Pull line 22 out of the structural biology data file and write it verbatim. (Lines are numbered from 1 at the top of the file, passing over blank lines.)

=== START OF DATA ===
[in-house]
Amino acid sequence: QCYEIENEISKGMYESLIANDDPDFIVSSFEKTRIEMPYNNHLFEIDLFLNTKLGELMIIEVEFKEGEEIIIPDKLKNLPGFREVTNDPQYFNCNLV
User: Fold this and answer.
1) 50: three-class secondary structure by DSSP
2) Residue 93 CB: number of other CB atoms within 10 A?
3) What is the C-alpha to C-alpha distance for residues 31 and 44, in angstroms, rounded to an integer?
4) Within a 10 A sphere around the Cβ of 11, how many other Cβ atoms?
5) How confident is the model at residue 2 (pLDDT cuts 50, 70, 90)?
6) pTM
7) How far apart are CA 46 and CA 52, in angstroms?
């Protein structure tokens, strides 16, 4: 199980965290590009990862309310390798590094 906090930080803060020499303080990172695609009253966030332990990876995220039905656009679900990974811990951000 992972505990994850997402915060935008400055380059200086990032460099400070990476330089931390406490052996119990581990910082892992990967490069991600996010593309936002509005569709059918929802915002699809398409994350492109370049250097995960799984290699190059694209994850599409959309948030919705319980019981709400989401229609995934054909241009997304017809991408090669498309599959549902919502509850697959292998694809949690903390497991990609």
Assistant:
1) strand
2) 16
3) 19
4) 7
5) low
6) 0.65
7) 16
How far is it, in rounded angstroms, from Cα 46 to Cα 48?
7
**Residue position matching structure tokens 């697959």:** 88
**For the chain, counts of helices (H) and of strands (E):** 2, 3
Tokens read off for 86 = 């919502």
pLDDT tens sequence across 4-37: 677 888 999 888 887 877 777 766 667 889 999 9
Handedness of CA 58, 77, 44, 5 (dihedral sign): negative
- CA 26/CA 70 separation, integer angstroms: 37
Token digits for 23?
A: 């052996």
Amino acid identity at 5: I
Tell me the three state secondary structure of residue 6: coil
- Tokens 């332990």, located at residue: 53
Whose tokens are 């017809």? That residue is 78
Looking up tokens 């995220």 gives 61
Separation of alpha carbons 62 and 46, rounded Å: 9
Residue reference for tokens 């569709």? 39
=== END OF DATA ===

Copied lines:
**Residue position matching structure tokens 């697959």:** 88